• Anonymous says:

      I agree, UK people are used to giving blood. If we were included, most of the UK citizens would donate. Also make it more accessible, a mobile van at workplaces, at supermarkets etc.

  10. Anonymous says:

    There would be many more donors including myself if there were no restriction on those who lived in the UK in the 1980s and 1990s (which is to supposed to eliminate the risk of contamination with Mad Cow Disease).

    • Anonymous says:

      I agree. Looking at the Mad Cows that we have elected to high office, I believe that a new outbreak would only offer us better options. Oops, scratch that thought. I have been reliably informed that it is "hoof-in-mouth" disease that afflicts our politicians.

  11. Anonymous says:

    I'm blood donor and get a phone call from the blood bank every three months to come in and donate. People interested in being a donor should sign up and they will be contacted to come in and donate when your blood is needed.

    Only problem i found is finding parking @ the hospital. Although they have one designated spot for blood donors. Its not being reserved for us and it's always in use by non donors.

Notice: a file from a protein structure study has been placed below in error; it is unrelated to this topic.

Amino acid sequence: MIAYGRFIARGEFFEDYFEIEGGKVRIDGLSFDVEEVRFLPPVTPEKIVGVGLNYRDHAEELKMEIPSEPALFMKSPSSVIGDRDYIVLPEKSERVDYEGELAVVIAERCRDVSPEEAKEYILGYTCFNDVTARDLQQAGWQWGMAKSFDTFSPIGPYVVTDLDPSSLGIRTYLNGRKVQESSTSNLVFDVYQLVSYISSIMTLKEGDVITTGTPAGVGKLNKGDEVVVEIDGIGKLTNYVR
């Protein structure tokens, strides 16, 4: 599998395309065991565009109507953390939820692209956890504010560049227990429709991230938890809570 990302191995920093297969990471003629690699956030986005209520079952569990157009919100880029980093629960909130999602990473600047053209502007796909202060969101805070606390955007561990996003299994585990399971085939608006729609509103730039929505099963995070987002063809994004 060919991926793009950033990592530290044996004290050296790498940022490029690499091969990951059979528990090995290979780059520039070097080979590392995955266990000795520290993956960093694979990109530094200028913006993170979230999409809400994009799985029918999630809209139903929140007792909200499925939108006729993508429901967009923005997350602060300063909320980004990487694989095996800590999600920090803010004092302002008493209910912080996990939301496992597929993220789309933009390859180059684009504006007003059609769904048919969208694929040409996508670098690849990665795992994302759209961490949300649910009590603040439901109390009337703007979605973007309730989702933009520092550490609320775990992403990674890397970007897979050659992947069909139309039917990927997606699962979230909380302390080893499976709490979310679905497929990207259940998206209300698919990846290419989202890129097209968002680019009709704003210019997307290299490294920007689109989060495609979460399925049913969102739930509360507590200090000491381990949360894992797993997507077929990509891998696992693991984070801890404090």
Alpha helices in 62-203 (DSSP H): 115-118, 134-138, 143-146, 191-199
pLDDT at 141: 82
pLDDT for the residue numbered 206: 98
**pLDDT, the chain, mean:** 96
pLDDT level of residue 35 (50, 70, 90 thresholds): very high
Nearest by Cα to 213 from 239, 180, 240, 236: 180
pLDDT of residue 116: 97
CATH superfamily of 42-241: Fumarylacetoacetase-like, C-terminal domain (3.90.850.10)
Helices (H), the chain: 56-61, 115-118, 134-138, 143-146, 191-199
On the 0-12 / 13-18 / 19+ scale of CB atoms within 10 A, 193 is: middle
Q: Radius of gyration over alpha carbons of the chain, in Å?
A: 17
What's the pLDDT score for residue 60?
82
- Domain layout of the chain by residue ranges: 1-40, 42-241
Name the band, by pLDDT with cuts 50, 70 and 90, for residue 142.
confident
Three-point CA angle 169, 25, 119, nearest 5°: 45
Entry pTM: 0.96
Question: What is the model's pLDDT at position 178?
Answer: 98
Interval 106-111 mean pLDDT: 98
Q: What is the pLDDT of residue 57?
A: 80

12. Subway Cookie says:

    I'd love to donate but apparently  I might have mad cow disease because I lived in the UK for a year.

  13. Anonymous says:

    I was a regular blood donor until the foot-and-mouth outbreak in the UK. Because I came from the UK, our blood was not considered good enough, even though I was living here before, during and after the outbreak.

    Considering we are supposed to have strong links to the UK, it seems this policy of turning away blood donors from the UK seems a bit unnecsessary.

    • Anonymous says:

      Sorry….correcting myself – it was Mad Cow, not Foot in Mouth.

  14. Anonymous says:

    I have been trying for the 8 years since arriving here but they still are not accepting blood from anyone who has lived in UK, due to the long past Mad Cow disease……when will they take my blood I will give it- willingly and regularly…and so will myhusband.

  15. GR says:


    I would donate more if the donation process was more 'user-friendly'.  I wish I could make an appointment for a specific time (say 11am) and then know that I could arrive at 11, complete the paperwork, donate and leave 45 minutes later.  The current arrive, wait and donate when there is a space wastes too much of my time.

    In addition, why doesn't the Blood Bank become more pro-active and call donors and ask the donors if they would like to donate?